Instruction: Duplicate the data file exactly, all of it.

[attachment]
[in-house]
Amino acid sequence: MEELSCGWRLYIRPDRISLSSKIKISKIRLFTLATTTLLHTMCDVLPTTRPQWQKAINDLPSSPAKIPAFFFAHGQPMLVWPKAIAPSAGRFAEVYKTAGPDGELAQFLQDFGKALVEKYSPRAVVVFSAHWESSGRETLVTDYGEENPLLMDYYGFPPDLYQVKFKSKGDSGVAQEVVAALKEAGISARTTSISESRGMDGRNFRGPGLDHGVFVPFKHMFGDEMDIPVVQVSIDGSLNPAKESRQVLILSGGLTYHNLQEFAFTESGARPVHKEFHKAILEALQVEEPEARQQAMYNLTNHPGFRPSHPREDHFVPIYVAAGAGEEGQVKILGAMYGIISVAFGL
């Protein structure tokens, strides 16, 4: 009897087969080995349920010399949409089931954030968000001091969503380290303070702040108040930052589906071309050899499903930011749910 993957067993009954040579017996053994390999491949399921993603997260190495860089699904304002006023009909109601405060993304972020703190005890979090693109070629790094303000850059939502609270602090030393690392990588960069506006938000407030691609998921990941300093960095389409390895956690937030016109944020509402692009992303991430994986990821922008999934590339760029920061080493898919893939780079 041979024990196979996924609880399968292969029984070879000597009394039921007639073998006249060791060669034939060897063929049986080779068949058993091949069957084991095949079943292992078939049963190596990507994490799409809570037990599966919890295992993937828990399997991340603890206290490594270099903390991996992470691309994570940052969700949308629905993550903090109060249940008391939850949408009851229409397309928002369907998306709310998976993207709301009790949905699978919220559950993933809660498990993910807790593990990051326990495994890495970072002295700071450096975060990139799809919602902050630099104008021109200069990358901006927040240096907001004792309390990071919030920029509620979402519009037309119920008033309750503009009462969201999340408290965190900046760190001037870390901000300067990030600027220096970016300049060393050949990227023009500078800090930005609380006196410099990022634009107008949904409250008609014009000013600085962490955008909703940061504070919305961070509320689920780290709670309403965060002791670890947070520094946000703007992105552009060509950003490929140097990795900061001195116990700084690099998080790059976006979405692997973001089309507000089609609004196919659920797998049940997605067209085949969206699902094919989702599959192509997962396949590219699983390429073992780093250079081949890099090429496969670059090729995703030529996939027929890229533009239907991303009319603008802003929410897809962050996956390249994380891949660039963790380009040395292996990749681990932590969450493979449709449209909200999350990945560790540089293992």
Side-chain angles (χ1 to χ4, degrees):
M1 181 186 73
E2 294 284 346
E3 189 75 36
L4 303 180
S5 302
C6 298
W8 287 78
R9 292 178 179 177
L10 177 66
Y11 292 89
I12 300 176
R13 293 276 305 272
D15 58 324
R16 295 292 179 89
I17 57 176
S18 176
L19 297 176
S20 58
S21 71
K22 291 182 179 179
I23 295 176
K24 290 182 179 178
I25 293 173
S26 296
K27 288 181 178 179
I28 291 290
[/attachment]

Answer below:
[in-house]
Amino acid sequence: MEELSCGWRLYIRPDRISLSSKIKISKIRLFTLATTTLLHTMCDVLPTTRPQWQKAINDLPSSPAKIPAFFFAHGQPMLVWPKAIAPSAGRFAEVYKTAGPDGELAQFLQDFGKALVEKYSPRAVVVFSAHWESSGRETLVTDYGEENPLLMDYYGFPPDLYQVKFKSKGDSGVAQEVVAALKEAGISARTTSISESRGMDGRNFRGPGLDHGVFVPFKHMFGDEMDIPVVQVSIDGSLNPAKESRQVLILSGGLTYHNLQEFAFTESGARPVHKEFHKAILEALQVEEPEARQQAMYNLTNHPGFRPSHPREDHFVPIYVAAGAGEEGQVKILGAMYGIISVAFGL
């Protein structure tokens, strides 16, 4: 009897087969080995349920010399949409089931954030968000001091969503380290303070702040108040930052589906071309050899499903930011749910 993957067993009954040579017996053994390999491949399921993603997260190495860089699904304002006023009909109601405060993304972020703190005890979090693109070629790094303000850059939502609270602090030393690392990588960069506006938000407030691609998921990941300093960095389409390895956690937030016109944020509402692009992303991430994986990821922008999934590339760029920061080493898919893939780079 041979024990196979996924609880399968292969029984070879000597009394039921007639073998006249060791060669034939060897063929049986080779068949058993091949069957084991095949079943292992078939049963190596990507994490799409809570037990599966919890295992993937828990399997991340603890206290490594270099903390991996992470691309994570940052969700949308629905993550903090109060249940008391939850949408009851229409397309928002369907998306709310998976993207709301009790949905699978919220559950993933809660498990993910807790593990990051326990495994890495970072002295700071450096975060990139799809919602902050630099104008021109200069990358901006927040240096907001004792309390990071919030920029509620979402519009037309119920008033309750503009009462969201999340408290965190900046760190001037870390901000300067990030600027220096970016300049060393050949990227023009500078800090930005609380006196410099990022634009107008949904409250008609014009000013600085962490955008909703940061504070919305961070509320689920780290709670309403965060002791670890947070520094946000703007992105552009060509950003490929140097990795900061001195116990700084690099998080790059976006979405692997973001089309507000089609609004196919659920797998049940997605067209085949969206699902094919989702599959192509997962396949590219699983390429073992780093250079081949890099090429496969670059090729995703030529996939027929890229533009239907991303009319603008802003929410897809962050996956390249994380891949660039963790380009040395292996990749681990932590969450493979449709449209909200999350990945560790540089293992």
Side-chain angles (χ1 to χ4, degrees):
M1 181 186 73
E2 294 284 346
E3 189 75 36
L4 303 180
S5 302
C6 298
W8 287 78
R9 292 178 179 177
L10 177 66
Y11 292 89
I12 300 176
R13 293 276 305 272
D15 58 324
R16 295 292 179 89
I17 57 176
S18 176
L19 297 176
S20 58
S21 71
K22 291 182 179 179
I23 295 176
K24 290 182 179 178
I25 293 173
S26 296
K27 288 181 178 179
I28 291 290